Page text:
He was able to pursue many cases based on what he overheard from the police, which was also how he was always keyed into their attempts to capture Captain Scorpion. Several detectives suspected the Captain might be an officer himself, but Jenningsremained above suspicion and outmaneuvered their mole hunts. However, he came to realize that he would need another source of information as well.
Thus, he approached a reporter for the Herald-Examiner
, one Dexter Kear
. Captain Scorpion proposed the two share information, giving Kear inside scoops that nobody else would get, while the Captain found ways to learn outside of official police investigations.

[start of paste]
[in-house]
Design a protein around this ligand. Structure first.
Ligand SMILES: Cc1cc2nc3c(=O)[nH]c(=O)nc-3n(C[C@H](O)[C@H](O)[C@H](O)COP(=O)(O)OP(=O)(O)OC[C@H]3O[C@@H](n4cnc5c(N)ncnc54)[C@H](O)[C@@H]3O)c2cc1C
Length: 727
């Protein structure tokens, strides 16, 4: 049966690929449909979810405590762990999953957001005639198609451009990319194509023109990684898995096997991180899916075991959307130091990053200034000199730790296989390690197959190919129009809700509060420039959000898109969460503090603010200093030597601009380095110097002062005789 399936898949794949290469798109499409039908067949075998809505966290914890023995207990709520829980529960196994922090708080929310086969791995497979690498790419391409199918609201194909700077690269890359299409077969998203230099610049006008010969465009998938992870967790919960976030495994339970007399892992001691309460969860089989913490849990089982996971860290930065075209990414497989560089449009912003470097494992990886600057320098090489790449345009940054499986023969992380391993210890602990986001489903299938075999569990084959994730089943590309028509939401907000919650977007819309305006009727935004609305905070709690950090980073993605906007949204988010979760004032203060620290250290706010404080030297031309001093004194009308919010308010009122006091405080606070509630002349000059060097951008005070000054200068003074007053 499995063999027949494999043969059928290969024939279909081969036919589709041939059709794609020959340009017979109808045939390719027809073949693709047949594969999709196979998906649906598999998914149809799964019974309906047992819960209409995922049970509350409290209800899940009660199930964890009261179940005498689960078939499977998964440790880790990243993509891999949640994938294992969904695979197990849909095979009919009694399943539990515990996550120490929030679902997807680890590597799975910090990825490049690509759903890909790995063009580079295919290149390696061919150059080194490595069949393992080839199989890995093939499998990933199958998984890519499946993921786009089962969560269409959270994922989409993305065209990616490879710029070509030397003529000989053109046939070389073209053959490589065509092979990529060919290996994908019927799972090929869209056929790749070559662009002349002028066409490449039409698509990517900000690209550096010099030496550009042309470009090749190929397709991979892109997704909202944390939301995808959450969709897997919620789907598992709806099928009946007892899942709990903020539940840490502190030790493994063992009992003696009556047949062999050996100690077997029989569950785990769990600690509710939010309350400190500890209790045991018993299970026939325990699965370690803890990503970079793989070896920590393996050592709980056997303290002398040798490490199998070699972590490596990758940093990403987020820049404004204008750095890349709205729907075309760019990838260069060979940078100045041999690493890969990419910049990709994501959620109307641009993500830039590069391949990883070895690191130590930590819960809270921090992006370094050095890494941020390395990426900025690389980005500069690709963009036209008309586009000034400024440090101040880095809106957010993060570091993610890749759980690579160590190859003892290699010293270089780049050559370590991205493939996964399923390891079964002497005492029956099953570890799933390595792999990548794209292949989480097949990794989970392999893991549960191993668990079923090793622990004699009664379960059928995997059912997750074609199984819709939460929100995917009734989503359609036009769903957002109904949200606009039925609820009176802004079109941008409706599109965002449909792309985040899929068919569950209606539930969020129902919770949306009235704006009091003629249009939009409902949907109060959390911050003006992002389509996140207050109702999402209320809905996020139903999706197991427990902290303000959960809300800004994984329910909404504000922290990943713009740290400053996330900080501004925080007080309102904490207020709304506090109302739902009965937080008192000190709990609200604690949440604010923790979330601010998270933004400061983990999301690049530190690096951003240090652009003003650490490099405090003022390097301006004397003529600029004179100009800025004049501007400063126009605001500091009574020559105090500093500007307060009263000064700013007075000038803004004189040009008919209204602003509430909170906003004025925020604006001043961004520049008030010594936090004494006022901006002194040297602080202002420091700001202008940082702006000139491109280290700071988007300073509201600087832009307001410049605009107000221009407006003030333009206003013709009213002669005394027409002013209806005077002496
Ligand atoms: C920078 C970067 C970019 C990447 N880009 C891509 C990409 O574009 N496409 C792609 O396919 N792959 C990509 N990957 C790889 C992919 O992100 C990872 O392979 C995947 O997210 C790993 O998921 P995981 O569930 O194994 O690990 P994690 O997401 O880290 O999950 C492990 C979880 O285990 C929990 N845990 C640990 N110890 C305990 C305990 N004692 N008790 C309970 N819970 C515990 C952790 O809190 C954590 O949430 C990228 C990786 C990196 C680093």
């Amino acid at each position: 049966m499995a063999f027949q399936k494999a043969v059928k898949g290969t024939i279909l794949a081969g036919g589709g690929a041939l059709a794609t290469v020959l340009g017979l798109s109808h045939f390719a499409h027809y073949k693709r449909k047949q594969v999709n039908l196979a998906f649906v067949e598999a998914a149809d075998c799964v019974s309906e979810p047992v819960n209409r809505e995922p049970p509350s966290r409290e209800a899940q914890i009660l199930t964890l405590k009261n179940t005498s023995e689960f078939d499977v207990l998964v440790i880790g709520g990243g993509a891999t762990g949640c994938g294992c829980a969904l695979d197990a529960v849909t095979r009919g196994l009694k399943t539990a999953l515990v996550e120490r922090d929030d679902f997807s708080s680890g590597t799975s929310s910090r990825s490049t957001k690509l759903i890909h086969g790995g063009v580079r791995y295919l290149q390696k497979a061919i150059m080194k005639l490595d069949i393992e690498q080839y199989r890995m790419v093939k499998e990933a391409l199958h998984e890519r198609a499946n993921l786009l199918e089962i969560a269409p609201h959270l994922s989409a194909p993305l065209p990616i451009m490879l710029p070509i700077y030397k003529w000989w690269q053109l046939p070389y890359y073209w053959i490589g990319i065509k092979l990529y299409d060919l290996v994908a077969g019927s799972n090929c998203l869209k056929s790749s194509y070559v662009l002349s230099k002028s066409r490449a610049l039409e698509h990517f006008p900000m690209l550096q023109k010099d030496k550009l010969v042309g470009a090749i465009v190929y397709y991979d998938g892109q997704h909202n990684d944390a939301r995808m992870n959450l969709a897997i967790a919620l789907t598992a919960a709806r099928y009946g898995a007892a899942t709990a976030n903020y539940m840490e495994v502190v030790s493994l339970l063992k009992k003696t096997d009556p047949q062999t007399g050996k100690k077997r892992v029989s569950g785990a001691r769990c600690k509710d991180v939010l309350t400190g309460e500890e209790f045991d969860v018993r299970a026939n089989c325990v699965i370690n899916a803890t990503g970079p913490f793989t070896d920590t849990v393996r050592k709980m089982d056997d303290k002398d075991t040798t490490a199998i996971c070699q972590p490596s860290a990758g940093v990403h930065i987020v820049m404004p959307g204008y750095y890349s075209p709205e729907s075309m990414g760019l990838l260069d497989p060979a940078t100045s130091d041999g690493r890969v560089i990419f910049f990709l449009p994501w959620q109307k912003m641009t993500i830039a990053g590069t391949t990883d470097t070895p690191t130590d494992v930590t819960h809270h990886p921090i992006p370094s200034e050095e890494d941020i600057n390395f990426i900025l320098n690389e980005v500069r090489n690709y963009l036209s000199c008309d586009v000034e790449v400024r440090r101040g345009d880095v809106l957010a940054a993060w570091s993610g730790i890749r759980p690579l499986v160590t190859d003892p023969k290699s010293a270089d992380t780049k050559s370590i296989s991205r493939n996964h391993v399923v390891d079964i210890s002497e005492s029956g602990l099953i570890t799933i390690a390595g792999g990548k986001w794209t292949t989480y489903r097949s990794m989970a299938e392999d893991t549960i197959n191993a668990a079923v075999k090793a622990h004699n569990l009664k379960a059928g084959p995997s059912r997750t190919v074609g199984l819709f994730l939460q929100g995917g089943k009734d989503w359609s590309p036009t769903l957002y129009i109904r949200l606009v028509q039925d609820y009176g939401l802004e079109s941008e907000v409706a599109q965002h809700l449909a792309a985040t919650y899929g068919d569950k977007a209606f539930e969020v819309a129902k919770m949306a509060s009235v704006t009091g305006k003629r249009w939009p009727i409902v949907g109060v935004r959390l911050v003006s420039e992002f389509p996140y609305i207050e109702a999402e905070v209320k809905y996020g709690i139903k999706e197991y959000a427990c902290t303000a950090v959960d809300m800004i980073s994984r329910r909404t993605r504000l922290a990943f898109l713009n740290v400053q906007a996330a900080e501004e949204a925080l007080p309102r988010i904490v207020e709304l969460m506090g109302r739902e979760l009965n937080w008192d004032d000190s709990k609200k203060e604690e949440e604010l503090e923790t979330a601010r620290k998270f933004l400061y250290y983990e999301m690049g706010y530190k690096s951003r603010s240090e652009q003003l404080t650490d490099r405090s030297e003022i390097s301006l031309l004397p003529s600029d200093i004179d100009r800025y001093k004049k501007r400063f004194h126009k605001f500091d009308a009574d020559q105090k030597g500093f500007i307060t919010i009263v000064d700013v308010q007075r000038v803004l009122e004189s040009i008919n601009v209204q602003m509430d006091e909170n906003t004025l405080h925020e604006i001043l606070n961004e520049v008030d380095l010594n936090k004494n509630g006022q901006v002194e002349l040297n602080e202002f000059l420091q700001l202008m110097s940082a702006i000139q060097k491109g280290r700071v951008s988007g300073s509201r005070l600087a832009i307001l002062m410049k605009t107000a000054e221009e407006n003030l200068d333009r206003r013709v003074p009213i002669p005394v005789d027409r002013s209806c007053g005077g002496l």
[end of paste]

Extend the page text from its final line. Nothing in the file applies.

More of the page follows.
Kear was chosen after careful consideration on Jennings’ part, selected for his honesty, integrity, and dogged pursuit of the truth regardless of what unfortunate truths might be revealed, or which powerful people might be inconvenienced.
What Jack didn’t expect, however, was that over the course of their years working together, they would fall in love.
While Dr. John Jennings and Dexter Kear could barely associate socially without raising suspicion, Captain Scorpion moved in the shadows and was not subject to public scrutiny. He eventually revealed his identity to Kear, but the wry journalist noted that he’d ID’d the man beneath the mask months ago, but said nothing to allow Jack to make his confession in his own time. “After all, a journalist protects his sources…”
And Now, Something With Poison In It, I Think
In the course of his adventures, Captain Scorpion took a lot of punishment. He had what is known in many quarters as a “healing factor.” Wounds that would cripple anyone else merely inconvenienced him, though things that might kill someone else could still leave him laid up for weeks at a time.